It’s the Freakin’ Weekend! What are You Playing?

After a busy week at school, due to an exam, a term paper, and the start of a new accelerated class, I’m definitely ready to unwind with a good game or two. I just don’t know which one.

What are you folks getting in to this weekend?

I was originally going to play through the new release of Dear Esther: Landmark Edition, but I ended up playing through it the day it launched instead. It was a pretty depressing game, which seems to be one of my favorite things to experience, despite suffering from depression myself. Weird how that works, no?

I liked the narration, the setting, and piecing the story together, and I definitely feel it’s a better narrative experience than The Chinese Room’s newer offering Everybody’s Gone to the Rapture.

Although I still have reviews for Jotun: Valhalla Edition and Mount & Blade: Warband, I haven’t had enough time to dedicate to either game in order to give them a fair critique. Maybe this weekend, but I’ve been so involved in reviewing games lately that I kind of want to sit down and enjoy something for myself.

I never got around to Layers of Fear, so that’s always a possibility. It’s officially fall, it’s a horror game, so there’s never been a better time to dig in.

I’ve been wanting to start a beefy RPG, since fall break is coming up in November. That’d give me enough time to chip away at the (assumed) slow beginning moments and then spend my break muscling out as much as possible.

Or I could just finish up I am Setsuna, which I kind of forgot about. Or The Witness, which I also forgot about.

There’s a Flash Sale on PSN right now, but nothing is catching my eye. I was considering Day of the Tentacle Remastered, but I’m not in the mood for a point-and-click adventure game right now. This is the same reason I haven’t picked up Virginia or The Bunker yet, although both are high on my to-do list.

Then again, I did sell a few games on eBay in order to buy the BioShock Collection, which I still haven’t grabbed.

…I think I might be in a gaming funk.

What are you up to this weekend?

17 thoughts on “It’s the Freakin’ Weekend! What are You Playing?

  1. I tried out The Crew and 2 hours later uninstalled it from my PC. It’s a terrible game that I can’t see myself putting more time into. As far this weekend goes I have no idea what I’ll be getting into. I think I’m done with Total War: Warhammer. I didn’t enjoy it as much as previous Total War games, but it’s still great and I had a lot of fun with it.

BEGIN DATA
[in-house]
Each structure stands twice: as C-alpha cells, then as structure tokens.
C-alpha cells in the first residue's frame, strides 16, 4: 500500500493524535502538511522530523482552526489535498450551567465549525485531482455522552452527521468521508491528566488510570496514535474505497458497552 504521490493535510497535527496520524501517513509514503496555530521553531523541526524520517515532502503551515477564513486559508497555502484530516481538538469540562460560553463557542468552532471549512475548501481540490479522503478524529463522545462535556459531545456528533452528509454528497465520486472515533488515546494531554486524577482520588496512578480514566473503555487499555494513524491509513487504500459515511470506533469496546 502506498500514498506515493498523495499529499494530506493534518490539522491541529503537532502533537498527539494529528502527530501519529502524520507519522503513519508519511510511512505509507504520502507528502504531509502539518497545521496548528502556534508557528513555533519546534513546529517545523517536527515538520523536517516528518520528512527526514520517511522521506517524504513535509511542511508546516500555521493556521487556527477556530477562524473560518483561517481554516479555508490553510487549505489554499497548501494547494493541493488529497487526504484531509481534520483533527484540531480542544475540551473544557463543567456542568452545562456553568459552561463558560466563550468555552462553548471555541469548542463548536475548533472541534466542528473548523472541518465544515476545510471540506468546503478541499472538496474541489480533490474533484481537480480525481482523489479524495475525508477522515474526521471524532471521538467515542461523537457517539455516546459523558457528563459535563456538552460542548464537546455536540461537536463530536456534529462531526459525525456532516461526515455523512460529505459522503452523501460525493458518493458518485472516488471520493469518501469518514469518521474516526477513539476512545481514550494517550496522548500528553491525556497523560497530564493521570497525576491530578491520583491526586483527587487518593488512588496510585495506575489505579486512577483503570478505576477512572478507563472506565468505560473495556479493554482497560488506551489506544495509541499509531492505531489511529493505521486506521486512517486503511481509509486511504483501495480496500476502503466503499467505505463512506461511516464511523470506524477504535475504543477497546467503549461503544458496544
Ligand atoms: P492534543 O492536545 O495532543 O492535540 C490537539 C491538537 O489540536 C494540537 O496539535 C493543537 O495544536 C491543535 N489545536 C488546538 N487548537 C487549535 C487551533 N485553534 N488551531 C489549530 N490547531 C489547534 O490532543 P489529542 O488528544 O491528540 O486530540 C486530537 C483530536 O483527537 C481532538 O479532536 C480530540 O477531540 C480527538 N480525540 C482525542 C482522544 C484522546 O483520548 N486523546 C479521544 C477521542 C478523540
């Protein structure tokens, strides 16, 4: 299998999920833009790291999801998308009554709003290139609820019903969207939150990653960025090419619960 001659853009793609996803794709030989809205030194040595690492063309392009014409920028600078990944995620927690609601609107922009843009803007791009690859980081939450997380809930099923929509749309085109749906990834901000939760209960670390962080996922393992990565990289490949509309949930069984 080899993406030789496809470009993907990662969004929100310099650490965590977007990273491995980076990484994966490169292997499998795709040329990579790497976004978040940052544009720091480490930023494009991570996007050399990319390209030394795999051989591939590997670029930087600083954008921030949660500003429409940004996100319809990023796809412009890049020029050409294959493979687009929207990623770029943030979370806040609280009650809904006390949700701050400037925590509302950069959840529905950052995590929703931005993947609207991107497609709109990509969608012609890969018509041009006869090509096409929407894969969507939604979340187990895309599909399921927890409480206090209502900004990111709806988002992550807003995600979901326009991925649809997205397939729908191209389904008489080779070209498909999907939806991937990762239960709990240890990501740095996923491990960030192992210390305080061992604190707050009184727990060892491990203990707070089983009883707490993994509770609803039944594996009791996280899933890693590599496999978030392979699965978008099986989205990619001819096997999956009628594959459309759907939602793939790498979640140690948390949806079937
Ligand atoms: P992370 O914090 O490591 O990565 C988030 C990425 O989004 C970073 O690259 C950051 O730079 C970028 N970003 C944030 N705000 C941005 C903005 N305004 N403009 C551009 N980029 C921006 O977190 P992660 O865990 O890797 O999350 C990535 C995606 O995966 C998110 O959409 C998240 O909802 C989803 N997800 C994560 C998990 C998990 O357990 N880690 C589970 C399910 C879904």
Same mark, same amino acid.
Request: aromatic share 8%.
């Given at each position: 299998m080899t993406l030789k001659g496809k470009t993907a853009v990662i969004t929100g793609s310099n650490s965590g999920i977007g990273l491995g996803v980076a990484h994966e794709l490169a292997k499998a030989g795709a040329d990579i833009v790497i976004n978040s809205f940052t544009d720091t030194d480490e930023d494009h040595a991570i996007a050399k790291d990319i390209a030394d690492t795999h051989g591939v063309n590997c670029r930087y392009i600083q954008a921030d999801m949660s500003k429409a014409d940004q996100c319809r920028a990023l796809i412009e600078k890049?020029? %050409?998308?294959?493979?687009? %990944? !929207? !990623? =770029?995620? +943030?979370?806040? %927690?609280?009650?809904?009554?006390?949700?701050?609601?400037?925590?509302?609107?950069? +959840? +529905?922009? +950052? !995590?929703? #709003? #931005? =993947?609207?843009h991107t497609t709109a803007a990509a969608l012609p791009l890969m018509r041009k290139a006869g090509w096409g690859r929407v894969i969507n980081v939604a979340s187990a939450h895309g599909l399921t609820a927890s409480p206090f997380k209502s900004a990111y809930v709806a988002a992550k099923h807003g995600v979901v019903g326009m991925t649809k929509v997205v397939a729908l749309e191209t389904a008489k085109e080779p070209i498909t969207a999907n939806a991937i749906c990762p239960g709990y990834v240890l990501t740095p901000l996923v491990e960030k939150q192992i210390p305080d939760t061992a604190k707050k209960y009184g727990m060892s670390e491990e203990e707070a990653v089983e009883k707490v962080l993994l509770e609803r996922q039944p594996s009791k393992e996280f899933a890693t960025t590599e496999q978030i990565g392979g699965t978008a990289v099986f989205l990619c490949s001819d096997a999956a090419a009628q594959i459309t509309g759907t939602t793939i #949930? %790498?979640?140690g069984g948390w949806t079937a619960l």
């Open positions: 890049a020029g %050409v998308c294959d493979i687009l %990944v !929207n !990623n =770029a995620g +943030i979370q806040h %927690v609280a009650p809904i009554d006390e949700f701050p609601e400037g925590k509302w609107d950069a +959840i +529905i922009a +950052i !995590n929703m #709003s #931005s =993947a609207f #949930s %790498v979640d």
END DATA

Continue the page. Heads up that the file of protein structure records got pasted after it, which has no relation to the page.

The only thing I might consistently play is Warframe until I get the itch to play something else.


    1. My dad picked up The Crew before he passed, so I gave it a shot. Definitely not for me, lol. I played for maybe an hour before throwing in the towel.

      Since I’m primarily a console guy, I have no idea what Total War is. Sounds like an RTS?

      Liked by 1 person

      1. I forget that you’re not a PC gamer some times. Total War has been around for a long time. It’s my favorite RTS series, but calling it a simple RTS isn’t fair though. It’s much more than that.

        If you feel like watching a video check this out – He sticks to the point and shows off the game while reviewing it.

        Total War has always been based off of real life wars. Samurai, Roman, etc. Warhammer is the first fantasy Total War so it’s a pretty big deal to us Total War fans :).


        1. Haha, yeah, I always had a shit PC until the early 2000’s, and even then I’ve only really used my PC for WoW and the random indie review game. RTS is sparse on consoles, so I was never exposed to them. I tried a friend’s copy of Starcraft 2 and I was just fucking AWFUL at all that management lol. My brain just takes a dump.

          Thanks for the link. I’ll check out the video.

          Liked by 1 person

  2. Ah you played Dear Esther! I have monologues from that game memorized and I recite them quite often (I’m a weird one if you didn’t know that already).

    It is a funny thing how depressing stories draw you when you have depression yourself. My favorite stories are the saddest (a major reason why VII is my favorite Final Fantasy), and I think it has to do with being able to relate A huge part of depression is crushing loneliness, but when you find a narrative that speaks to you from that darker place, you feel less alone, because someone out there gets it enough to make a relatable story.